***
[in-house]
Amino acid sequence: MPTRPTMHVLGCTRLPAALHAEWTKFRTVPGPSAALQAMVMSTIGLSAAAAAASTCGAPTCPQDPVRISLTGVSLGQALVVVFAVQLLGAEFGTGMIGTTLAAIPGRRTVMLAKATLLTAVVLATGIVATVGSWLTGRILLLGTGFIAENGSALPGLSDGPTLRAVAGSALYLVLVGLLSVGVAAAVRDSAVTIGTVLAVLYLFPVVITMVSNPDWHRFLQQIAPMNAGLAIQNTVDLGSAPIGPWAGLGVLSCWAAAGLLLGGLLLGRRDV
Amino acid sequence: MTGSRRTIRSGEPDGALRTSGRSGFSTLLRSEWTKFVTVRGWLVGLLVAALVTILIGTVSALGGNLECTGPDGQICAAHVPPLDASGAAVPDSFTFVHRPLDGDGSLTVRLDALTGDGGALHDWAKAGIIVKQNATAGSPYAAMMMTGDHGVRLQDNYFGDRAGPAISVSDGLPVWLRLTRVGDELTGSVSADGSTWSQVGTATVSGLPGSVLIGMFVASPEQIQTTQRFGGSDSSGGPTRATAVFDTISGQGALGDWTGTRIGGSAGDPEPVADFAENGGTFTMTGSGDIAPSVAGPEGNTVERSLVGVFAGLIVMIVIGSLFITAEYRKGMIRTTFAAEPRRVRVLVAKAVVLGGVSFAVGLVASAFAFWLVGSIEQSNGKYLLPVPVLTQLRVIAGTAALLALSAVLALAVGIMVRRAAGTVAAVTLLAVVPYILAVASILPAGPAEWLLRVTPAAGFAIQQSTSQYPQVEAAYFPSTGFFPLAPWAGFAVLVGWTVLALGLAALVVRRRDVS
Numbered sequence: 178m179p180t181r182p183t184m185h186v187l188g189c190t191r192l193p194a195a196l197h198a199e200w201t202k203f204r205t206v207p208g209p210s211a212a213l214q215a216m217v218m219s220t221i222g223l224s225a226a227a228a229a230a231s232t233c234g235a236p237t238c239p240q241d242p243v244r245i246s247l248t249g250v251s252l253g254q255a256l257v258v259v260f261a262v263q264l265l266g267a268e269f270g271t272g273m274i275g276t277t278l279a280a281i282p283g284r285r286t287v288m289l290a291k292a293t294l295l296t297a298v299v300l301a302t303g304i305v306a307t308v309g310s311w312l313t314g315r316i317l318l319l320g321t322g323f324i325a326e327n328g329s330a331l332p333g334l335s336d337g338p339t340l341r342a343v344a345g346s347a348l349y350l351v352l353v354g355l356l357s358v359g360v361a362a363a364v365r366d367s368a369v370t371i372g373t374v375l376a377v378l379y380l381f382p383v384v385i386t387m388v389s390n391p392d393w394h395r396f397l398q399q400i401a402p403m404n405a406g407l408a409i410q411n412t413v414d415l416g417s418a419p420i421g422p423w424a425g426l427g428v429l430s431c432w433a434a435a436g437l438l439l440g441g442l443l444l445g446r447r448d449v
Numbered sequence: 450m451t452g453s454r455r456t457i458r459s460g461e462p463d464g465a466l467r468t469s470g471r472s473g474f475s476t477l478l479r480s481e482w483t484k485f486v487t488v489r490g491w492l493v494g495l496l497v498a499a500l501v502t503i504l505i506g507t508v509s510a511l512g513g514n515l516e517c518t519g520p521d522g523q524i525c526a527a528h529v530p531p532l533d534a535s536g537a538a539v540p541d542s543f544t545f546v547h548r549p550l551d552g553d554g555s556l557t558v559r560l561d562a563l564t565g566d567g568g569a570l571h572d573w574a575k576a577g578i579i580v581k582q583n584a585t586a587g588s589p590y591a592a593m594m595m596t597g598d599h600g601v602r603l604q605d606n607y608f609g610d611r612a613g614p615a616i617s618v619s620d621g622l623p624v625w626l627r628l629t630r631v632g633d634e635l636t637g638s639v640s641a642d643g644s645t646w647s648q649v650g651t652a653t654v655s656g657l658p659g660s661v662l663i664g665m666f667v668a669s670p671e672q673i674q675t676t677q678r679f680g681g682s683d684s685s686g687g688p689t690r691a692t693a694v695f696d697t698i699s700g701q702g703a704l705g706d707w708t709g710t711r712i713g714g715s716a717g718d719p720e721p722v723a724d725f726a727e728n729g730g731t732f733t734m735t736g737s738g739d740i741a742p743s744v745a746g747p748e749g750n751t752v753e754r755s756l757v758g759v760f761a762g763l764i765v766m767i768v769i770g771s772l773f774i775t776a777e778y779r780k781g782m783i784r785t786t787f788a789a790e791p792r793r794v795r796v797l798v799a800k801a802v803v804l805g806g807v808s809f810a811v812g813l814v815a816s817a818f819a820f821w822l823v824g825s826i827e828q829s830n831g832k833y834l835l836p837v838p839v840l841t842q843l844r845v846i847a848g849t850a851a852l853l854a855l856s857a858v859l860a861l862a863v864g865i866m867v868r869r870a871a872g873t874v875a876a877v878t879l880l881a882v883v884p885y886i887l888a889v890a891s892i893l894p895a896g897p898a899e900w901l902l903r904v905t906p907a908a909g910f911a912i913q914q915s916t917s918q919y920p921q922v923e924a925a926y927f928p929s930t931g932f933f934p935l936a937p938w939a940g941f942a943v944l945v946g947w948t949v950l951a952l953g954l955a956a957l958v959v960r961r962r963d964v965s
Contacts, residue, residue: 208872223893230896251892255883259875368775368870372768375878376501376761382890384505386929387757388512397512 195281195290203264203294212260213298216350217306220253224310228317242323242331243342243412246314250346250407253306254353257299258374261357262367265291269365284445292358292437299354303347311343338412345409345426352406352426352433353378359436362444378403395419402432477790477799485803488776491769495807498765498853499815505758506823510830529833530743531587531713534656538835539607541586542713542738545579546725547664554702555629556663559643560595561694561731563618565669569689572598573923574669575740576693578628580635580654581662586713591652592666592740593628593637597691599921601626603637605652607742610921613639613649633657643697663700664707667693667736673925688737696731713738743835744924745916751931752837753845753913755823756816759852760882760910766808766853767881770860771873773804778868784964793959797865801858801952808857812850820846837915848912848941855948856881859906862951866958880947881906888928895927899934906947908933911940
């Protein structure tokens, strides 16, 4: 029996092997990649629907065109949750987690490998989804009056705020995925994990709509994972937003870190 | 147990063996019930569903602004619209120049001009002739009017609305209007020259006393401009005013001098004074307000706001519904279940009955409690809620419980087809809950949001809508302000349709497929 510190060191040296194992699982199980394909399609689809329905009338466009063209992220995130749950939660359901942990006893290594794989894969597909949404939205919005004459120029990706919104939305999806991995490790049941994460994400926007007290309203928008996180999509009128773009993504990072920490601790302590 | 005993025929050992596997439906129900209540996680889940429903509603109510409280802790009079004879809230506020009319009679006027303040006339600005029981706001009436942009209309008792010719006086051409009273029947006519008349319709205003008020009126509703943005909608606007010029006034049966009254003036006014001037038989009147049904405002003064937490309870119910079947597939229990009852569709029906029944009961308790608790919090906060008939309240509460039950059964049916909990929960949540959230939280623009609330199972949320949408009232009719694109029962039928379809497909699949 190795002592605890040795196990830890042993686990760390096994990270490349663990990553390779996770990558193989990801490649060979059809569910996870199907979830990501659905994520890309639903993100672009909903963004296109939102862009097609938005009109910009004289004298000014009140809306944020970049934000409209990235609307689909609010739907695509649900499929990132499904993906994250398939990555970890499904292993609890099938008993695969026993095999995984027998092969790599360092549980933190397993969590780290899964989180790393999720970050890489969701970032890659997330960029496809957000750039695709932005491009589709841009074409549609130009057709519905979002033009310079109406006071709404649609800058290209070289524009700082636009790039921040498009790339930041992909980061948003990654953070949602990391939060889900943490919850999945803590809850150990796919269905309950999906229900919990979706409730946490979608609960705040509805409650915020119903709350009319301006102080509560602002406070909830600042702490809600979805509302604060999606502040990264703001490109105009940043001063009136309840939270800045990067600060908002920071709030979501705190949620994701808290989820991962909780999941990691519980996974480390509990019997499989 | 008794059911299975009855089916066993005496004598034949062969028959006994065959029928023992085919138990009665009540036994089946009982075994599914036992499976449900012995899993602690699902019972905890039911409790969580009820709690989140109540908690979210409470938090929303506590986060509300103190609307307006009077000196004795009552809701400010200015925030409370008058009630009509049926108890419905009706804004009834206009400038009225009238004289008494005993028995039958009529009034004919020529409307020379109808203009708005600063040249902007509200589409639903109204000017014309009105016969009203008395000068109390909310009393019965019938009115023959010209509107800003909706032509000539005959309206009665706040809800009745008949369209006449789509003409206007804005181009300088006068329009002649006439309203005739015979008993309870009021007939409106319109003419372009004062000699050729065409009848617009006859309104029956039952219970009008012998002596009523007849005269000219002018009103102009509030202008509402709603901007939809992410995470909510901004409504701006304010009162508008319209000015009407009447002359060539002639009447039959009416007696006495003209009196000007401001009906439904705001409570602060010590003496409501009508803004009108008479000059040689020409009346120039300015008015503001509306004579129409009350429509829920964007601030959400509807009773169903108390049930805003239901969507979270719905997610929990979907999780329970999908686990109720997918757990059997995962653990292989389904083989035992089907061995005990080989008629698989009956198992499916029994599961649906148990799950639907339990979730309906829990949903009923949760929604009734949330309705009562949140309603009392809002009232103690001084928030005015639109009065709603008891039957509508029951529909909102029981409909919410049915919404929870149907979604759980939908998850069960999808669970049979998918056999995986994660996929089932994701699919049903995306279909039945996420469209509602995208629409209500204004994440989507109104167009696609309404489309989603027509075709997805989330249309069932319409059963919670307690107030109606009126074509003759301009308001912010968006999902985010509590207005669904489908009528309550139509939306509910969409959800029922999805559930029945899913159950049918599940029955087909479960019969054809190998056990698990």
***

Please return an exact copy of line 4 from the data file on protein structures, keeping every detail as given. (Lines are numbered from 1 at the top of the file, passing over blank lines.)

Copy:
Numbered sequence: 178m179p180t181r182p183t184m185h186v187l188g189c190t191r192l193p194a195a196l197h198a199e200w201t202k203f204r205t206v207p208g209p210s211a212a213l214q215a216m217v218m219s220t221i222g223l224s225a226a227a228a229a230a231s232t233c234g235a236p237t238c239p240q241d242p243v244r245i246s247l248t249g250v251s252l253g254q255a256l257v258v259v260f261a262v263q264l265l266g267a268e269f270g271t272g273m274i275g276t277t278l279a280a281i282p283g284r285r286t287v288m289l290a291k292a293t294l295l296t297a298v299v300l301a302t303g304i305v306a307t308v309g310s311w312l313t314g315r316i317l318l319l320g321t322g323f324i325a326e327n328g329s330a331l332p333g334l335s336d337g338p339t340l341r342a343v344a345g346s347a348l349y350l351v352l353v354g355l356l357s358v359g360v361a362a363a364v365r366d367s368a369v370t371i372g373t374v375l376a377v378l379y380l381f382p383v384v385i386t387m388v389s390n391p392d393w394h395r396f397l398q399q400i401a402p403m404n405a406g407l408a409i410q411n412t413v414d415l416g417s418a419p420i421g422p423w424a425g426l427g428v429l430s431c432w433a434a435a436g437l438l439l440g441g442l443l444l445g446r447r448d449v